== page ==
Fat and ugly.
I’ve carried those labels as long as I can remember. They were reinforced, unknowingly, by family, friends, and strangers.
Kids on the bus who spit in my hair and told others I came from ‘the Land of the Weird’.
Friends who said ‘don’t worry, there are guys out there who value personality over looks’.
Everyone, every single person, who said ‘wow, you look so much like your mother!’. What they didn’t know was the conversations behind the scenes. Mom sitting on the edge of the bed telling me how homely she was, how she’d struggled growing up because of that. I heard her message, drank it in deep, and was reminded what I was every time someone said I looked like her. I still hear that message.
I strove to never tell my child he looked like either parent. Let him be unique, himself, no mirror.
It is so vitally important to me that my son (who is handsome by the way) never hears a negative message from me. That he never absorbs someone else’s opinion and makes it his own. I’ve never allowed myself that same grace.
Don’t get me wrong. I wasn’t angst-driven, depressed, traumatized. The labels were, and are, just a piece of the whole, just who I am, nothing to be done about it, nothing to stew over. And I’ve learned in a few potentially dangerous incidents that being fat and ugly can be protection. Rather like an odd sort of invisibility cloak. Well, there’s the opposite, too. One particular incident comes to mind where a family friend came to the house when my parents were gone, thinking I’d be desperate for male attention.
So I’ve perfected over the years looking in the mirror to check earrings or brush hair, without seeing. I avoid sitting where there might be a reflection visible. My husband rarely sees me naked. It’s hard to find photos of myself because I avoid cameras. Again, nothing I brood over, just a part of life.
Then, a couple of years ago I was sifting through photographs and found one of us siblings standing in front of the fireplace. I wore a burgundy dress that had been a favorite. Soft and flowing so when I went Scottish dancing, it swirled. I stared at that photo, shocked. I wasn’t fat. Busty, yes. But shapely. How could that be? I remember so clearly loving that dress even though I was fat. I knew I was. And yet, I wasn’t.
How could my self-image be so warped? So blind? At least, back then.
Ugly was still there. Nothing to be done about that. Though by then I’d adopted mom’s phrase of ‘homely’ as it seemed less negative. Easier to say. But not fat. At least, not back then, when I knew I was.
And that was the time period when I’d traveled with friends overseas and watched all the attention they received for being attractive American girls, while I was invisible. As it should have been, I thought at the time, because those friends were, and still are, beautiful, inside and out.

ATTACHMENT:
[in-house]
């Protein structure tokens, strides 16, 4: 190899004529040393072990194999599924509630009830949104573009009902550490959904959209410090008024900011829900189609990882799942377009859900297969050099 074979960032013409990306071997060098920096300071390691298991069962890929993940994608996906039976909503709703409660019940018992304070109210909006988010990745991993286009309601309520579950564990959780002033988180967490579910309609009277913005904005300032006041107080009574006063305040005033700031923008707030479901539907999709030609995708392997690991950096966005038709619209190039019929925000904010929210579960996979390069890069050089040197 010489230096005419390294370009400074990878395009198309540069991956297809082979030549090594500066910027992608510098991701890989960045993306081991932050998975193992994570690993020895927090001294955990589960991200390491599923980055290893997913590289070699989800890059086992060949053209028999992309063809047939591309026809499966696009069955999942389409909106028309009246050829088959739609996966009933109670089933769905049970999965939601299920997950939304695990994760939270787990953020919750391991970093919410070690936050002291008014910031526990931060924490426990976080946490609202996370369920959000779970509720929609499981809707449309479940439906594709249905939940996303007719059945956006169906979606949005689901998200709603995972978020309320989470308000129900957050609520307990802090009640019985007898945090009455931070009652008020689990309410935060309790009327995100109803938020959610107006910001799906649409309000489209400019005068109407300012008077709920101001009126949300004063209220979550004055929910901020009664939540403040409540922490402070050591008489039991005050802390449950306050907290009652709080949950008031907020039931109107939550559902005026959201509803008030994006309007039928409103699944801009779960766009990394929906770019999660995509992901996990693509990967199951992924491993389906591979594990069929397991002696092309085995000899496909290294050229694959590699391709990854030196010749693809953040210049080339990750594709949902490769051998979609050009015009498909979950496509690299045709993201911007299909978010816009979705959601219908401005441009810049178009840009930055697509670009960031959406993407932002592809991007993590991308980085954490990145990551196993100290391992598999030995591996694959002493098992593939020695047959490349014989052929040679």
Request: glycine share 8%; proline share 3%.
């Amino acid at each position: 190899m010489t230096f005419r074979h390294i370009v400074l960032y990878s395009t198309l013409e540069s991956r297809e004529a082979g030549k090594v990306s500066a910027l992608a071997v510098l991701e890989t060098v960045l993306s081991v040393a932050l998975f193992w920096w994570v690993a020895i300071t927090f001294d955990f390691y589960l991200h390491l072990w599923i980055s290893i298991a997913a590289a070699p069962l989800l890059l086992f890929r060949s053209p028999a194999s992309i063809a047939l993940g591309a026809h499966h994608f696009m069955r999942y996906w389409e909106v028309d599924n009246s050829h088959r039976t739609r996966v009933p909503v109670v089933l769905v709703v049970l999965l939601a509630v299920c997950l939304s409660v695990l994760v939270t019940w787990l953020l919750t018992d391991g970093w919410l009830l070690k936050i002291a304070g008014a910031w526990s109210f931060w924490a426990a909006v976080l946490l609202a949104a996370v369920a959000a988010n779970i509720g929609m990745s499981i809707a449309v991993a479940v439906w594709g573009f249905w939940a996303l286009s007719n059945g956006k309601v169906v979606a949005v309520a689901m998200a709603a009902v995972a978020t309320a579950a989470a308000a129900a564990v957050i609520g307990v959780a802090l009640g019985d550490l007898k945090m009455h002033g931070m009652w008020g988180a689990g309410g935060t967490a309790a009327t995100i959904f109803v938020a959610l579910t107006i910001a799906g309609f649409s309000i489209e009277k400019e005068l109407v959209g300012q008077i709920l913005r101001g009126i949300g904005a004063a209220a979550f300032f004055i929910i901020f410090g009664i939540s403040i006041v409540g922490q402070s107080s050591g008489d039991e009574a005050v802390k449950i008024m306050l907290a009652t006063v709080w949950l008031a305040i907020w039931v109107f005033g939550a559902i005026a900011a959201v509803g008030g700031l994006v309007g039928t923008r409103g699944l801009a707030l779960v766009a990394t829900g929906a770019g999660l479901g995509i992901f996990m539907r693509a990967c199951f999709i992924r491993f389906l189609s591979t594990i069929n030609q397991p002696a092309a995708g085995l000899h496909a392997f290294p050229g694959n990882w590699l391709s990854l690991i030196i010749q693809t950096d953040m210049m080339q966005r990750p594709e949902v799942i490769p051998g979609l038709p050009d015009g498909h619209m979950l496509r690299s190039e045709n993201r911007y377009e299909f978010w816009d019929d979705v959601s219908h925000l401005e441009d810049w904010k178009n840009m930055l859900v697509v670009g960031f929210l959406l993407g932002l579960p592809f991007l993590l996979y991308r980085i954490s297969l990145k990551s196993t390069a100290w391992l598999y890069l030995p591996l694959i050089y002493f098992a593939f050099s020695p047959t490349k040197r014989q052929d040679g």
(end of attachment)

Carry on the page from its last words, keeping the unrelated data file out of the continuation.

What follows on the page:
Life, the universe, karma, whatever you want to call it, has a funny way of forcing you to see. A few years ago I was diagnosed with lymphoma. The doctors told me it was in an unusual spot that they didn’t come across very often. The right parotid gland. Where is that you might ask? My right cheek.
Meaning a lump formed there that was visible every time I went out in public. Then a biopsy was done and it became even more visible. Then I started radiation treatments and everyone was focused on my face. That homely face. I still managed to avoid seeing it myself though.
Last year I developed a skin cancer on my nose. Surgery took care of it and for a week I went out in public with a big white banner bandage that said ‘look at this face!’.
Recently, the lymphoma has come back. In another odd spot that isn’t seen very often. At the base of my esophagus. For the coming month, everyone is going to be looking at my fat stomach. I mean, it’s even tattooed now, for treatments.
It dawned on me this morning that each time I’ve had this happen, it’s placed focus directly on the areas I despise. It’s directed everyone’s eyes to the places I wish I could hide.
What’s with that, universe? Some sort of sick humor? One last little poke at the weird one? Or are you saying, look? Look. Yes you’re homely (ugly), yes you’re fat, but how important is that in this short time we’re allowed to live?
I’m not a young teenager anymore who isn’t asked out to dances or the prom, or even visible to the eyes of crushes. I don’t waste time feeling sorry for myself, or even thinking about this very often. It’s just labels, a part of who I am, no more, no less, than my freckles or my height. So if it doesn’t bother me anymore, why does the universe keep pointing its cosmic finger at the worst spots?
I’m not sure what I’m supposed to do with that cosmic finger.
Besides raise my middle finger.
The problem now is that if I put these labels, these words, out there for someone else to read, I’ll get compliments. Friends, probably a little horrified, will feel the need to reassure me by telling me none of this is true, that I’m actually pretty (they won’t be able to peel off the label of ‘fat’). And I won’t believe them. I’ll love them for their need to care for me, to lift me up from what they perceive as sadness. I’ll recognize their politeness. What else can you say to someone who mentions these labels except, ‘of course you’re not that!’?
They won’t realize that I’m not saying all of this as some sort of backhanded way to get, or ask for, compliments. I’m simply saying, these are my labels. This is who I am. These are the facts. And the purpose of this whole essay is to also say, how ironic is the universe?
Oh, and let me be very clear. Just because I wear these labels doesn’t mean I’m a victim, or submissive, or shy like I was in school. I am a strong woman and I know it. I love who I am on the inside. I wouldn’t change a single atom of personality.
In other words, I don’t need the reassuring compliments. These are, after all, just labels I wear in the face of an ironic universe.